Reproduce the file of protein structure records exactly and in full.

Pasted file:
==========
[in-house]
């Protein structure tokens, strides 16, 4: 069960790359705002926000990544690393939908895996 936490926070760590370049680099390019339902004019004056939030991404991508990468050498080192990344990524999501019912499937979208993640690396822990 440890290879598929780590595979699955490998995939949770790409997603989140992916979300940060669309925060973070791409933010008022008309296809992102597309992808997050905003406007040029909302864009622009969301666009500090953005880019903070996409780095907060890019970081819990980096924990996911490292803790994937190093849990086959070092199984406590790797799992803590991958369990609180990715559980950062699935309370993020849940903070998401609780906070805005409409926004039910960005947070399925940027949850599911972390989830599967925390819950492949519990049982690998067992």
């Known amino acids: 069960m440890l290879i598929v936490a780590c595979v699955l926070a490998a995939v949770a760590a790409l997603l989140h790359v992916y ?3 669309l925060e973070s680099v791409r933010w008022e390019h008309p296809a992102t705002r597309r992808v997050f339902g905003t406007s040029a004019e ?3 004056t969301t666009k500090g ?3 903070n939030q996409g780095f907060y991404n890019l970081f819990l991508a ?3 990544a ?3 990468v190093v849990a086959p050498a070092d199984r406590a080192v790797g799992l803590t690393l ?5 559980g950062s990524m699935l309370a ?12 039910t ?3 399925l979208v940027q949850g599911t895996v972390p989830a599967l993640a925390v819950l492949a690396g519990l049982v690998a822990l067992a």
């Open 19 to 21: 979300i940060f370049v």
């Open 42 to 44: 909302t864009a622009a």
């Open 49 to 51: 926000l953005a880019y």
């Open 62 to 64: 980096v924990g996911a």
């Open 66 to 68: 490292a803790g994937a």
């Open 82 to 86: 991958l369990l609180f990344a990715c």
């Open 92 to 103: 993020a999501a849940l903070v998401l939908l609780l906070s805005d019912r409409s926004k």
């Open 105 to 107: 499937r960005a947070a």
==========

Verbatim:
[in-house]
């Protein structure tokens, strides 16, 4: 069960790359705002926000990544690393939908895996 936490926070760590370049680099390019339902004019004056939030991404991508990468050498080192990344990524999501019912499937979208993640690396822990 440890290879598929780590595979699955490998995939949770790409997603989140992916979300940060669309925060973070791409933010008022008309296809992102597309992808997050905003406007040029909302864009622009969301666009500090953005880019903070996409780095907060890019970081819990980096924990996911490292803790994937190093849990086959070092199984406590790797799992803590991958369990609180990715559980950062699935309370993020849940903070998401609780906070805005409409926004039910960005947070399925940027949850599911972390989830599967925390819950492949519990049982690998067992």
């Known amino acids: 069960m440890l290879i598929v936490a780590c595979v699955l926070a490998a995939v949770a760590a790409l997603l989140h790359v992916y ?3 669309l925060e973070s680099v791409r933010w008022e390019h008309p296809a992102t705002r597309r992808v997050f339902g905003t406007s040029a004019e ?3 004056t969301t666009k500090g ?3 903070n939030q996409g780095f907060y991404n890019l970081f819990l991508a ?3 990544a ?3 990468v190093v849990a086959p050498a070092d199984r406590a080192v790797g799992l803590t690393l ?5 559980g950062s990524m699935l309370a ?12 039910t ?3 399925l979208v940027q949850g599911t895996v972390p989830a599967l993640a925390v819950l492949a690396g519990l049982v690998a822990l067992a």
């Open 19 to 21: 979300i940060f370049v």
């Open 42 to 44: 909302t864009a622009a």
């Open 49 to 51: 926000l953005a880019y």
């Open 62 to 64: 980096v924990g996911a």
């Open 66 to 68: 490292a803790g994937a």
């Open 82 to 86: 991958l369990l609180f990344a990715c």
């Open 92 to 103: 993020a999501a849940l903070v998401l939908l609780l906070s805005d019912r409409s926004k």
């Open 105 to 107: 499937r960005a947070a």